Press Esc to close

Welcome to Money Morning - Only the News You Can Profit From.

Close

How "Minuteman" Warren Buffett is Leading America's New "War of Independence"

In our Aug. 11 Private Briefing report What Does This “Mysterious Signal” Tell Us About CB&I? we said we suspected that super-investor Warren Buffett would use the sell-off in Chicago Bridge & Iron NV (NYSE: CBI) to boost his stake in the this Netherlands-based infrastructure specialist.

And that’s just what happened…

  • Featured Story

    Investing in Farmland: Is a Bubble Brewing?

    Food corn

    It's little wonder that yield-starved pension funds and other investors are investing in farmland.

    That's because farmland, a hard asset, produces high returns and, unlike other hard assets such as precious metals, provides investors annual income from crop sales.

    The National Council of Real Estate Investment Fiduciaries (NCREIF) compiles data on the total returns (income and capital gains) on farmland purchased for investment purchases, primarily by pension funds looking for income and diversification.

    In 2012, the annualized total return on investment farmland was 18.58%.

    The NCREIF has data going back to 1992. Since then, the highest annualized total return was 33.90% in 2005 while the lowest annualized total return was 2.02% in 2001. Over the 20-year period from 1992 to 2012, the average annual total return was 11.83%.

    And sharply higher prices for major agricultural commodities such as corn, wheat and soybeans have increased annual investment income for anyone investing in farmland.

    Legendary hedge fund manager Jim Rogers has been buying farmland in Australia for a private fund.

    "It's the farmers, the producers, who are going to be in the captain's seat when the prices go through the roof," he told The Australian Financial Review back in 2011.

    "The world has got a serious food problem," Rogers told Time magazine. "The only real way to solve it is to draw more people back to agriculture."

    But is this rush toward investing in farmland now creating a huge bubble?

    To continue reading, please click here...


    Read More...
  • investing in farmland

  • Why Jim Rogers is Investing in Farmland Legendary Wall Street trader and best-selling author Jim Rogers recently offered this unconventional advice: If you want to get rich, you should be investing in farmland.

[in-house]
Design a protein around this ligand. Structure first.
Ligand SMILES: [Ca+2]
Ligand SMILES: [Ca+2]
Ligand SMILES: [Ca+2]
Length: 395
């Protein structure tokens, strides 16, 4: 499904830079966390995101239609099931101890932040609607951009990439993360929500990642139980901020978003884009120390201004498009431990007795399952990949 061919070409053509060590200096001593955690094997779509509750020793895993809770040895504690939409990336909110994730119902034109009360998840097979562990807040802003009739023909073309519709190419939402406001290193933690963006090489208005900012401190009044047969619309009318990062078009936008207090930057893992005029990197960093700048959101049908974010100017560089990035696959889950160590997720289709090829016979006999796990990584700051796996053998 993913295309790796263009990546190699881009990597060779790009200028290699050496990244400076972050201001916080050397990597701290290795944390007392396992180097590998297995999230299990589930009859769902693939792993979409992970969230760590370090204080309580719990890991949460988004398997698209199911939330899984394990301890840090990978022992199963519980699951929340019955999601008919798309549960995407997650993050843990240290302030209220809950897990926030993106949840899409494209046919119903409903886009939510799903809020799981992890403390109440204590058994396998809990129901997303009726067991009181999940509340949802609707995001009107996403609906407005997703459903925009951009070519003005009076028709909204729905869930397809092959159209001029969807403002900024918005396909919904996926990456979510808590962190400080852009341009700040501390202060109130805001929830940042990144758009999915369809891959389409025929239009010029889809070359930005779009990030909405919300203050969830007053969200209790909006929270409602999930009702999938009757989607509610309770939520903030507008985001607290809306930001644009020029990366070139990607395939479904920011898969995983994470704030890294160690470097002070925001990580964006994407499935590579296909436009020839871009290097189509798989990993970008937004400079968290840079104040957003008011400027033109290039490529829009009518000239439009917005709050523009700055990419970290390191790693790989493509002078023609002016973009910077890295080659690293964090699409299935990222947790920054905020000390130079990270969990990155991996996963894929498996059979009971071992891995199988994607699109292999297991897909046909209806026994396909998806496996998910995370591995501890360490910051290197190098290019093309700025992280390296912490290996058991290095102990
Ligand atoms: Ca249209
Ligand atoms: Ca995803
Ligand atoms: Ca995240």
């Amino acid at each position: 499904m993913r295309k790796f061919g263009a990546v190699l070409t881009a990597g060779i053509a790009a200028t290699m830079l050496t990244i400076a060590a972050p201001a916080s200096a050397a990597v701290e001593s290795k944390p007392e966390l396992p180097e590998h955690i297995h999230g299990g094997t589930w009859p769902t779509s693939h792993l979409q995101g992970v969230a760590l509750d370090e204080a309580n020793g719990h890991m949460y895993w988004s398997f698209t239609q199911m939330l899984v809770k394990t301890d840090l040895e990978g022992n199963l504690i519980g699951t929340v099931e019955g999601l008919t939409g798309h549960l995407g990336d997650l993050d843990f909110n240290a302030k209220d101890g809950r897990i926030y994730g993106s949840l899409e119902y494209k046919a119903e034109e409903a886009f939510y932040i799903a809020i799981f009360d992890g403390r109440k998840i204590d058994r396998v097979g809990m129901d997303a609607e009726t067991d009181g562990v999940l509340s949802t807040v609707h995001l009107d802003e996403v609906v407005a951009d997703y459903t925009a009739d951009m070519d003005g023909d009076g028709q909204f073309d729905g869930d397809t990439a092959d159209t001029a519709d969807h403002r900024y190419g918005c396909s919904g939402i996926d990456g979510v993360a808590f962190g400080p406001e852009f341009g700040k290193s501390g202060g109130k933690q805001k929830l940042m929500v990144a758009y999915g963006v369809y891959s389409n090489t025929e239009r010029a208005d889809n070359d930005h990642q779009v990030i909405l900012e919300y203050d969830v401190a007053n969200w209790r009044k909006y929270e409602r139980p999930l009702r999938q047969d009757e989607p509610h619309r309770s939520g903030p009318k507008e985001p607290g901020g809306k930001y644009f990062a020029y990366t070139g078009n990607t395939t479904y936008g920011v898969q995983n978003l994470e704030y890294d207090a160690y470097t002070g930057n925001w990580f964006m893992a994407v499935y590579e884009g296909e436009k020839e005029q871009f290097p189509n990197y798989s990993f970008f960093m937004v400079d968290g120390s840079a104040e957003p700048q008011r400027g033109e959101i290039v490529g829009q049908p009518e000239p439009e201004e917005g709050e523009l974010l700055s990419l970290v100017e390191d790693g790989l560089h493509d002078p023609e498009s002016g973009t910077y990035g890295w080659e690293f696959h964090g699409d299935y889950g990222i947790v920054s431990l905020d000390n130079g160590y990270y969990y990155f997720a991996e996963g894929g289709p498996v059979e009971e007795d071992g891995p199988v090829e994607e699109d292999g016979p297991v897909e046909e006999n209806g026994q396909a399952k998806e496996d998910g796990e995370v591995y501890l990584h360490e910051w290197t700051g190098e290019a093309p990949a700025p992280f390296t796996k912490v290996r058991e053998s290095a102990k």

Don't laugh. Rogers is good at what he does. Really good.

    Together with George Soros, he founded the Quantum Fund in the 1970s and posted returns of 4,200% over 10 years. Rogers retired in 1980 at the age of 37, but is still active as a private investor.

    Back in 1999, Jim Rogers recommended gold when it was trading at $252 and silver at $4. You know what happened after that.

    Now Rogers thinks investing in farmland will pay off in a big way.

    "It's the farmers, the producers, who are going to be in the captain's seat when the prices go through the roof," he told The Australian Financial Review.

    To continue reading, please click here... Read More...
  • Investing in Farmland: How to Turn Healthy Profits From the Heartland If Mark Twain was talking about investing in farmland when he suggested "buy land - they're not making anymore," then he knew more about finance than he's credited with.

    The Federal Reserve Bank of Chicago just reported that prime farmland prices in the heart of the U.S. grain belt (Indiana, Illinois, Iowa, Michigan and Wisconsin) - were up 17% in the second quarter compared to 2010, the biggest year-over-year increase since 1977.

    That's on top of a 12% jump for all of 2010, the second-largest yearly increase in the past 30 years.

    In fact, farmland value since 2000 has appreciated by more than 1,200%, according to the National Council of Real Estate Investment Fiduciaries (NCREIF), and netted nice profits for farmland investors.

    Just look at the NCREIF's Farmland Returns Index, which measures the quarterly performance of a large pool of individual agricultural properties acquired in the private market for investment purposes.

    The index has posted some incredible quarterly gains over the past decade - most notably 22.78% and 14.63% in the fourth quarters of 2005 and 2004, respectively.

    Farmland gains for the first two quarters of 2011 were recently reported at 2.40% and 1.48%.

    What's more, negative quarterly returns for farmland are extremely rare. Only once since 1992 has the NCREIF Index fallen period-over-period, and that came in the fourth quarter of 2001 amid post-9/11 economic turmoil.

    Given the large value gains since 2000, a lot of potential has been realized, but there's plenty of room for future profit.

    "It's not the first inning of the game," Shonda Warner, managing partner at Chess Ag Full Harvest Partners, told CNBC, "but it's not the eighth inning either."

    To continue reading, please click here...

    Read More...